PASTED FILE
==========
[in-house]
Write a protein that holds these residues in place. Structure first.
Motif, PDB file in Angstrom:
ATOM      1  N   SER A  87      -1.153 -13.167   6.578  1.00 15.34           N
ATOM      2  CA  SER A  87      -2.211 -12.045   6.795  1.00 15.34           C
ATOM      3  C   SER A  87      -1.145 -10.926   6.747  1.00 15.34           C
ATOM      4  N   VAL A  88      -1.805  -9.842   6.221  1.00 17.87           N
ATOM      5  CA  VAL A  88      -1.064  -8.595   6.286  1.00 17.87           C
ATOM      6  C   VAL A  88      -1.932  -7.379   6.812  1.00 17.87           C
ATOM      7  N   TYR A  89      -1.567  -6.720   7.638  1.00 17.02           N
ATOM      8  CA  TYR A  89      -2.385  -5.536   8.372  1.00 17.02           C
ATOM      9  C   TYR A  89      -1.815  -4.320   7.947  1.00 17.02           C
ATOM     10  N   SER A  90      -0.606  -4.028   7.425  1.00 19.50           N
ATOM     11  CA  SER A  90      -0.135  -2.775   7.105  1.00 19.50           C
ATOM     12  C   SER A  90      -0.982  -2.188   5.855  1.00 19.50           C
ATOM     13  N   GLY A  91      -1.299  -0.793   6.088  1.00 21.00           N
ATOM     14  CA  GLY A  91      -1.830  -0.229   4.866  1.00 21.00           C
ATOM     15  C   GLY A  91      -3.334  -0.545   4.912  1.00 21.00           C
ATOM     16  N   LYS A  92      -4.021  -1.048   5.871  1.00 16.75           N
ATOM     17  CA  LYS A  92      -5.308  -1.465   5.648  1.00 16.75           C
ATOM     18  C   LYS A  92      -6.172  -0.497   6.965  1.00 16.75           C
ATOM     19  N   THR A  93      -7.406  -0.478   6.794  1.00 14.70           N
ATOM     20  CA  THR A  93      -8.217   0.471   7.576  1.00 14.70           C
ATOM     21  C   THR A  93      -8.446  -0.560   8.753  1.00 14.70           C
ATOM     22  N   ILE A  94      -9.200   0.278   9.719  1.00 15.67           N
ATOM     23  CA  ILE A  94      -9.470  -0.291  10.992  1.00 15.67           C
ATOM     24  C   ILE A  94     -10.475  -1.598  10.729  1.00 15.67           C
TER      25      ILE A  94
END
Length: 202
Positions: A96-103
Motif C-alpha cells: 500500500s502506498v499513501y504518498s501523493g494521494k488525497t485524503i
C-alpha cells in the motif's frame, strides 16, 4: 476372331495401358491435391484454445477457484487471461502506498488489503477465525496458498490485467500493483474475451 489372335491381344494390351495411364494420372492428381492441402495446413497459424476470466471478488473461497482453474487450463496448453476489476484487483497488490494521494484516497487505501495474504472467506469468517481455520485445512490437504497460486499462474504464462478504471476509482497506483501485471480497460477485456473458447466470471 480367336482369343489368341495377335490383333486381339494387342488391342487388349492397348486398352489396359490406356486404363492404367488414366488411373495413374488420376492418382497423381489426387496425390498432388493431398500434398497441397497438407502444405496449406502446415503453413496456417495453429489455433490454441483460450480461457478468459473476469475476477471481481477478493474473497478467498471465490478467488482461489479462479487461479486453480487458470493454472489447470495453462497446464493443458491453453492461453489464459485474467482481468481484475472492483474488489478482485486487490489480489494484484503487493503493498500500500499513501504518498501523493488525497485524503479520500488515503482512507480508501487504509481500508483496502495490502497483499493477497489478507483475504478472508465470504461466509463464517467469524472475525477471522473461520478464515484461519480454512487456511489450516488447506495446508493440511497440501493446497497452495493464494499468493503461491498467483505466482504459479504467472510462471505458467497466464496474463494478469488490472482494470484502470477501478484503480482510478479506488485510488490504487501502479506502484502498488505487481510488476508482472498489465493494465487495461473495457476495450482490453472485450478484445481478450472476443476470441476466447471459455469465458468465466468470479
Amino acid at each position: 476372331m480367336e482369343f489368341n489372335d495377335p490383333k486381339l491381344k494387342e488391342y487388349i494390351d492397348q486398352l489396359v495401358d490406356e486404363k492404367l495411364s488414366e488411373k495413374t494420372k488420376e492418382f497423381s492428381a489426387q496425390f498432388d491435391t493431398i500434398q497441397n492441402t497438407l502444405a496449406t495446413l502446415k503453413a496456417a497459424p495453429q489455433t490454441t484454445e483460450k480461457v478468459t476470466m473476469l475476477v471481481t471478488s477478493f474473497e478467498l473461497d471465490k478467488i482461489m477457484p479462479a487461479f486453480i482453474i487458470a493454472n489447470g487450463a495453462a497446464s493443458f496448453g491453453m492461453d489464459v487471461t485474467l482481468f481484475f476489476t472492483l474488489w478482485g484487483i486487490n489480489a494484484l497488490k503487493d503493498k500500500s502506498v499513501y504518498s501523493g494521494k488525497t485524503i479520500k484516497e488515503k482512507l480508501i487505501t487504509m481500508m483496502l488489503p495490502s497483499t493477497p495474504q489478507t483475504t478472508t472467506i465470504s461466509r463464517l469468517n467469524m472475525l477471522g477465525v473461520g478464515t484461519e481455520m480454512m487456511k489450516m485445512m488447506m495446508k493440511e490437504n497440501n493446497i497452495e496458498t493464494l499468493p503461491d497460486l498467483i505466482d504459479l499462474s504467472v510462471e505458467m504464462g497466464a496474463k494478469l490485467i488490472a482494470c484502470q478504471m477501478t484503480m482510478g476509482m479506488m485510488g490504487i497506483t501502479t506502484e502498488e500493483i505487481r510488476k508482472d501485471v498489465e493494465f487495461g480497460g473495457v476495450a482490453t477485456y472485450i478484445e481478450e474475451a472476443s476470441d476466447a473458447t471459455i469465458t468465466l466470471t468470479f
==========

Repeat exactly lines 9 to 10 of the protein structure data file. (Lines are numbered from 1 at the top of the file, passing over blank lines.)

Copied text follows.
ATOM      6  C   VAL A  88      -1.932  -7.379   6.812  1.00 17.87           C
ATOM      7  N   TYR A  89      -1.567  -6.720   7.638  1.00 17.02           N